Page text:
Meanwhile, eye drops specially designed for pink eye can help reduce the redness. In both cases, the child might require antibiotics (always consult your doctor), but these two items are must-haves for the medicine cabinet to provide instant relief.

7 Fever Medication

Any parent knows that when your child is running a fever, you stand by with a thermometer in hand, constantly checking to make sure the fever doesn’t rise too high. If the child has a high-grade fever or is showing real signs of discomfort, it’s time for some medicine. Always have these handy not only for your kids but also for others.

If you have friends or family visiting with kids, there will almost always be at least one time when someone’s child is running a fever and they’ll ask if you have any medicine. It’s always good to be prepared. Speaking of which, make sure you have a thermometer as well. There are several different kinds, so take your pick.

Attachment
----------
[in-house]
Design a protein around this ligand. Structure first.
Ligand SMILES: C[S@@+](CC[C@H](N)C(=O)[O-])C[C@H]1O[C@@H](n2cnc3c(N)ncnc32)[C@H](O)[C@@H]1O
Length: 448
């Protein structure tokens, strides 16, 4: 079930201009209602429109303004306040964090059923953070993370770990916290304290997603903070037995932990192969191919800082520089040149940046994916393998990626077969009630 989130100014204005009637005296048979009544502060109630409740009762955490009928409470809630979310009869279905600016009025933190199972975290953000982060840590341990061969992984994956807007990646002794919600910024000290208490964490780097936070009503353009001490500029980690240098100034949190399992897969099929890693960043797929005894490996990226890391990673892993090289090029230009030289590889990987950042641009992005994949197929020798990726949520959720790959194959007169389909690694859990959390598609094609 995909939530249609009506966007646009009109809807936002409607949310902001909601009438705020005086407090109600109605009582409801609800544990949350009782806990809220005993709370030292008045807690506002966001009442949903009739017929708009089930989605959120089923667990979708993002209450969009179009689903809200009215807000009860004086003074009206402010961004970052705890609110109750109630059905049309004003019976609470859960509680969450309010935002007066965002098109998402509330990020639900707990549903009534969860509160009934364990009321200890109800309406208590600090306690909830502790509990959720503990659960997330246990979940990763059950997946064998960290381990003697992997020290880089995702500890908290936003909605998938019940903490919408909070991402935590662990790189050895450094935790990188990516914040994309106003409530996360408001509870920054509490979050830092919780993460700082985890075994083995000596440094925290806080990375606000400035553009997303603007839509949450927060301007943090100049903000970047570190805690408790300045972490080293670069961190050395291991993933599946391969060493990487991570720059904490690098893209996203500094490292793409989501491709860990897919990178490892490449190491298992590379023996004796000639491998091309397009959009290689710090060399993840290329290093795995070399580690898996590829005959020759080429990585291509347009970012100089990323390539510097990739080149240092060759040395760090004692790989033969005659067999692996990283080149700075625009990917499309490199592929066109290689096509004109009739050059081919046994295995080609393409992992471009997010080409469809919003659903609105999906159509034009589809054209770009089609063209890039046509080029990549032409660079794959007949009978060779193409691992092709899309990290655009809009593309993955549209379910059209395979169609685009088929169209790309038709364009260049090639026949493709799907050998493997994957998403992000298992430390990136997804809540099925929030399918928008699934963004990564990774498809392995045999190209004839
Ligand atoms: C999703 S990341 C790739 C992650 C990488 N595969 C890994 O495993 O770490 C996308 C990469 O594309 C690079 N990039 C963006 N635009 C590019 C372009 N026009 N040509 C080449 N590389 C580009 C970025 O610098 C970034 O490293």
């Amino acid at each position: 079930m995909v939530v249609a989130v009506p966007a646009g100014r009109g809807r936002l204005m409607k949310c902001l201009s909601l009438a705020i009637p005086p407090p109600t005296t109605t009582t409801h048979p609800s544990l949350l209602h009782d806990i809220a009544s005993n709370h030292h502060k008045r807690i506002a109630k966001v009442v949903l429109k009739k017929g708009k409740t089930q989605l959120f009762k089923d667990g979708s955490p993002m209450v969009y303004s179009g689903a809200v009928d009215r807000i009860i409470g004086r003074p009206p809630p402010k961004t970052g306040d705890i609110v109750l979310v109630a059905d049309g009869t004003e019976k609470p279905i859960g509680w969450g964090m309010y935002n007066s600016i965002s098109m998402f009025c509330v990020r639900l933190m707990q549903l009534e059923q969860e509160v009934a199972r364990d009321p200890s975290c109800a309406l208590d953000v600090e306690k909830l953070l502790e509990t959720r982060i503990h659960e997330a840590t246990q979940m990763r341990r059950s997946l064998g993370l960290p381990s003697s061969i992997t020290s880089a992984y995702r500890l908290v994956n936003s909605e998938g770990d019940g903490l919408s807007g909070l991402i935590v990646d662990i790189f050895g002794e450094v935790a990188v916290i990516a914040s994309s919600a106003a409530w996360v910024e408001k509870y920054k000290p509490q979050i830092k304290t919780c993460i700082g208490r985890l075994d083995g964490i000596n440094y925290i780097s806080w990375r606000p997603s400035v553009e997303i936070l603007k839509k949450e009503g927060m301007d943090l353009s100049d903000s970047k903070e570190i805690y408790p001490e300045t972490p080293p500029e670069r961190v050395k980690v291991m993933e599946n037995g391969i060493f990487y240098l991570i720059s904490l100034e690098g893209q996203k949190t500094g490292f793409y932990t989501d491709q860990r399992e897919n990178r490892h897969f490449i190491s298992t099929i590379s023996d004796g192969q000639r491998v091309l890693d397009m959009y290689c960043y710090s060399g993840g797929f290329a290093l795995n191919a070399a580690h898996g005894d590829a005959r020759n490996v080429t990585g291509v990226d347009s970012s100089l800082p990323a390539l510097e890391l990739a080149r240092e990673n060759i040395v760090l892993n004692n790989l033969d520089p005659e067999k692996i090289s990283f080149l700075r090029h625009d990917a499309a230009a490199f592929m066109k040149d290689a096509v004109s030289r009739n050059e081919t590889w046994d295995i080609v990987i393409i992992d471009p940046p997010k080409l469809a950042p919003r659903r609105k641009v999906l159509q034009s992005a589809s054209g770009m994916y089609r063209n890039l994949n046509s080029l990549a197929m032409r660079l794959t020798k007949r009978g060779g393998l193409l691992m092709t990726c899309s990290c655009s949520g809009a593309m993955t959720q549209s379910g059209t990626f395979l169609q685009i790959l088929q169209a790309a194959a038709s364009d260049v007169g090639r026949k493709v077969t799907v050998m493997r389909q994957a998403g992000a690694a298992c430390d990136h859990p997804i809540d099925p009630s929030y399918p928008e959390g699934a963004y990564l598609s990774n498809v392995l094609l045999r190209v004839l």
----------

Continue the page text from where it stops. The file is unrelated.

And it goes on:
6 Kids' Nail Clippers

All children need to have their nails clipped regularly, and it's often a real ordeal for everybody concerned. A good pair of child-friendly clippers is essential so you can cut down those fingernails when they get too long and with caked with dirt underneath, as well as those 10 adorable toes.

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The more friendly look of nail clippers for kids will be less intimidating for kids who hate when you have to pin them down to do this.

5 Nasal Aspirator

While a nasal aspirator will likely be used more with babies and toddlers than older kids, it’s always good to have one on hand in case a child has a back-up of guck in their nose that they just can’t seem to get out.

This is especially true for kids who might not have grasped the concept of blowing their nose yet. Mom and dad can use it to clear the nostrils so baby or toddler can breathe easy again, then work on teaching them how to blow it out themselves.

4 Oral Electrolyte

If a child gets a bad bout of diarrhea or vomiting, he or she can lose liquids fast, which means they run the risk of dehydration. You can have them drink water, but they can quickly rehydrate with an oral electrolyte solution which replenishes the body of fluids, minerals, and nutrients that might be lost during multiple trips to the bathroom.